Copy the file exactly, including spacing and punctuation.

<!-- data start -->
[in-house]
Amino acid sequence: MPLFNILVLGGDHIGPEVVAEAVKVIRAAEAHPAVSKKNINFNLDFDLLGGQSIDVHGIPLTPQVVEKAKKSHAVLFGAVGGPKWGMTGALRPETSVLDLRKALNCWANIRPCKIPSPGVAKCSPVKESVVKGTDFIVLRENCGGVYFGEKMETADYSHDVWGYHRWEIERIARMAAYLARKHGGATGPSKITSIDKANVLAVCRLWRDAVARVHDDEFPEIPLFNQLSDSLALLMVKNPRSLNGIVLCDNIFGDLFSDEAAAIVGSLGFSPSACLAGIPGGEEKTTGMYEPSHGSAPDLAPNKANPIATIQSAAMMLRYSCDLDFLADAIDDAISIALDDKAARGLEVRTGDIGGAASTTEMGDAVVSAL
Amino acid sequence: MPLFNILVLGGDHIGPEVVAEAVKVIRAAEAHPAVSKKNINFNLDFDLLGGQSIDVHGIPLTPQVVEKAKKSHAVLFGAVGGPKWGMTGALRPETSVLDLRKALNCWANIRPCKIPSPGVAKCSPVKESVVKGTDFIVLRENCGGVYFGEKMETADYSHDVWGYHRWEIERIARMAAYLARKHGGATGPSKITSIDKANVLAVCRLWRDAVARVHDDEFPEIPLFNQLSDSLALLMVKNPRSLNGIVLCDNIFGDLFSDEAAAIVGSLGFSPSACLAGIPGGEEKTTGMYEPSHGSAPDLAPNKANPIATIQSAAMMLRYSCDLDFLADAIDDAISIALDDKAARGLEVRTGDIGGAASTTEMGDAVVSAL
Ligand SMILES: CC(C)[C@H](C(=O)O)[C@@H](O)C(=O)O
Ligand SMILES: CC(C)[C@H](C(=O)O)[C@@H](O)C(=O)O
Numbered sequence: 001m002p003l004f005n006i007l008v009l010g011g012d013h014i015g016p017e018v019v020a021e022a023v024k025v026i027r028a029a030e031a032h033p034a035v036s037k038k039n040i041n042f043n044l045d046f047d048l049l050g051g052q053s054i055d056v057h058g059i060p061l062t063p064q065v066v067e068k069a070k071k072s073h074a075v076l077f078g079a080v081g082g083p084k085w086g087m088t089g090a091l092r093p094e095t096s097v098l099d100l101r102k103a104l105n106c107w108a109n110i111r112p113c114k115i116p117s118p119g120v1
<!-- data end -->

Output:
[in-house]
Amino acid sequence: MPLFNILVLGGDHIGPEVVAEAVKVIRAAEAHPAVSKKNINFNLDFDLLGGQSIDVHGIPLTPQVVEKAKKSHAVLFGAVGGPKWGMTGALRPETSVLDLRKALNCWANIRPCKIPSPGVAKCSPVKESVVKGTDFIVLRENCGGVYFGEKMETADYSHDVWGYHRWEIERIARMAAYLARKHGGATGPSKITSIDKANVLAVCRLWRDAVARVHDDEFPEIPLFNQLSDSLALLMVKNPRSLNGIVLCDNIFGDLFSDEAAAIVGSLGFSPSACLAGIPGGEEKTTGMYEPSHGSAPDLAPNKANPIATIQSAAMMLRYSCDLDFLADAIDDAISIALDDKAARGLEVRTGDIGGAASTTEMGDAVVSAL
Amino acid sequence: MPLFNILVLGGDHIGPEVVAEAVKVIRAAEAHPAVSKKNINFNLDFDLLGGQSIDVHGIPLTPQVVEKAKKSHAVLFGAVGGPKWGMTGALRPETSVLDLRKALNCWANIRPCKIPSPGVAKCSPVKESVVKGTDFIVLRENCGGVYFGEKMETADYSHDVWGYHRWEIERIARMAAYLARKHGGATGPSKITSIDKANVLAVCRLWRDAVARVHDDEFPEIPLFNQLSDSLALLMVKNPRSLNGIVLCDNIFGDLFSDEAAAIVGSLGFSPSACLAGIPGGEEKTTGMYEPSHGSAPDLAPNKANPIATIQSAAMMLRYSCDLDFLADAIDDAISIALDDKAARGLEVRTGDIGGAASTTEMGDAVVSAL
Ligand SMILES: CC(C)[C@H](C(=O)O)[C@@H](O)C(=O)O
Ligand SMILES: CC(C)[C@H](C(=O)O)[C@@H](O)C(=O)O
Numbered sequence: 001m002p003l004f005n006i007l008v009l010g011g012d013h014i015g016p017e018v019v020a021e022a023v024k025v026i027r028a029a030e031a032h033p034a035v036s037k038k039n040i041n042f043n044l045d046f047d048l049l050g051g052q053s054i055d056v057h058g059i060p061l062t063p064q065v066v067e068k069a070k071k072s073h074a075v076l077f078g079a080v081g082g083p084k085w086g087m088t089g090a091l092r093p094e095t096s097v098l099d100l101r102k103a104l105n106c107w108a109n110i111r112p113c114k115i116p117s118p119g120v1